The frustule of Sellaphora
Shown above is the cell wall of a Sellaphora species after treatment with strong oxidizing acids to remove organic material. What is left after oxidation is called the 'frustule', which comprises those parts of the cell wall composed of silica. It consists of two large pieces, called valves, which are connected by a series of narrow, rather flimsy strips of silica called girdle bands. In the photograph one of the two valves is visible; the frustule is resting on the other. Around the valve, you can see the girdle bands, which have become slightly displaced.
The valve has the same basic structure as most other 'raphid' diatoms: along its midline there is a raphe system, containing two slits that are involved in cell motility, and from here lines of pores extend out more or less perpendicularly. The lines of pores (striae) are separated by narrow ribs of silica. The scale bar represents 10 µm.
The next pages will deal with frustule structure in more detail. Further information is given by Mann (1989) and Round et al. (1990).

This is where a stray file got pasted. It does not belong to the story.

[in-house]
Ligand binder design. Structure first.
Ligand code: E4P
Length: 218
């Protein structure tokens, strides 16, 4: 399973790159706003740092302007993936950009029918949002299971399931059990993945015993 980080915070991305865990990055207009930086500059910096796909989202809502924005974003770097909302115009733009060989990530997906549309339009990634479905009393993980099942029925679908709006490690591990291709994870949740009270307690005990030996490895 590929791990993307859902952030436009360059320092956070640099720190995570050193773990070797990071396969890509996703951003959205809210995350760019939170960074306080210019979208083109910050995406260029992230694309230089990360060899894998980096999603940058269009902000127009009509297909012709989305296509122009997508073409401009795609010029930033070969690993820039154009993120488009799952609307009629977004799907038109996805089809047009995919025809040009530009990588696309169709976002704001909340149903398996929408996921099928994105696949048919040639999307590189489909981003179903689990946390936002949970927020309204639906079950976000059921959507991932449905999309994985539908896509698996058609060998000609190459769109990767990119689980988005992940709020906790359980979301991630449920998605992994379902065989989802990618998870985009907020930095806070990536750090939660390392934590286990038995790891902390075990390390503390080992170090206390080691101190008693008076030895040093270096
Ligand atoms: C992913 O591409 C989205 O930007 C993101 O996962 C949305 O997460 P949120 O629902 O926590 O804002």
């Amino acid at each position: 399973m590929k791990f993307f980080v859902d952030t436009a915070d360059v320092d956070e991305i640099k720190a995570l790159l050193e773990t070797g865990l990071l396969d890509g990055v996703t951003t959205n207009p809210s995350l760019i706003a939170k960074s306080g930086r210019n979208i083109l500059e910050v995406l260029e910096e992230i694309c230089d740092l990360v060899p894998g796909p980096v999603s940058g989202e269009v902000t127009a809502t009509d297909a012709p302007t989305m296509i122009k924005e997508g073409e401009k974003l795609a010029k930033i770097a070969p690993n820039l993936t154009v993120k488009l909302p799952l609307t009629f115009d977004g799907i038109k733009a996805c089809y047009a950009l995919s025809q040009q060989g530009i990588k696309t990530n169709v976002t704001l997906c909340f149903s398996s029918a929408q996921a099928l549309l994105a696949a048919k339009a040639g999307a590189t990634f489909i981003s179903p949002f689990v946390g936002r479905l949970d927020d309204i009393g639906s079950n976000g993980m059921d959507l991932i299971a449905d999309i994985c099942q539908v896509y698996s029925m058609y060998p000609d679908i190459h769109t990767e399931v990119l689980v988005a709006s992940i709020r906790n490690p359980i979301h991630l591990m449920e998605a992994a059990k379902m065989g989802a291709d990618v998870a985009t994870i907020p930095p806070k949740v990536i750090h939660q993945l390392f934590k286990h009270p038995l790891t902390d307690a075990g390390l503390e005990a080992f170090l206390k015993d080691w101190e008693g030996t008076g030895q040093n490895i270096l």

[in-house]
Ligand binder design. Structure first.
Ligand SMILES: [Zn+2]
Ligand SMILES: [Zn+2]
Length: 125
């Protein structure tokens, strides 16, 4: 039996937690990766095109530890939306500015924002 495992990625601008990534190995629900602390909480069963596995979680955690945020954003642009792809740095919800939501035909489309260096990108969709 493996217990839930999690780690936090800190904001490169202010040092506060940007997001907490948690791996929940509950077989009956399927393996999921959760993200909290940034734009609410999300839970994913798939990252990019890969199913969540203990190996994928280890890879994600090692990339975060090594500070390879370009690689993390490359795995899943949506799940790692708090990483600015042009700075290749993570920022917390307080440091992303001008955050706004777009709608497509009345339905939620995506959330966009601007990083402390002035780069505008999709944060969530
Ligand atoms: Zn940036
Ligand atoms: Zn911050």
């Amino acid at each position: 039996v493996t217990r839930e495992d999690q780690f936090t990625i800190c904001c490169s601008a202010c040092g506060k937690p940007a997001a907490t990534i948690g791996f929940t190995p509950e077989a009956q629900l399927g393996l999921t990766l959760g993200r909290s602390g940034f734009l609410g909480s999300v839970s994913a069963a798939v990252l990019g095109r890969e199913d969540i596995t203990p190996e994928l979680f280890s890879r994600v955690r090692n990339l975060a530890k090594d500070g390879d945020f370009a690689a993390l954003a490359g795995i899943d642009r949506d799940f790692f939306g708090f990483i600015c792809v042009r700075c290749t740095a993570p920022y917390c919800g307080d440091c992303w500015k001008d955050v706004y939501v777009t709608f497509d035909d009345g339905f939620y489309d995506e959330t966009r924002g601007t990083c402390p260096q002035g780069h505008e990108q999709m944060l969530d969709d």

As in most other diatoms, the cell wall of Sellaphora species is a composite of amorphous hydrated silica (the product of a partial condensation of orthosilicic acid) and various organic components (proteins, oligo- and poly-saccharides, etc). No analyses of the organic components are available for Sellaphora: they have been studied in detail in only a few diatoms, such as Melosira nummuloides, some Cyclotella species, 'Navicula pelliculosa', or Cylindrotheca fusiformis, although these do in fact represent a wide cross-section of the phylogenetic diversity among diatoms. The article by Hecky et al. (1973) is a good starting point for those interested in the biochemical composition of the organic components of diatom cell walls, but there have been significant advances in the last decade, with the discovery of further classes of organic components involved in silicification and maintaining the integrity of the cell wall (e.g. silaffins and pleuralins: Kröger et al. 2000, Kröger & Wetherbee 2000).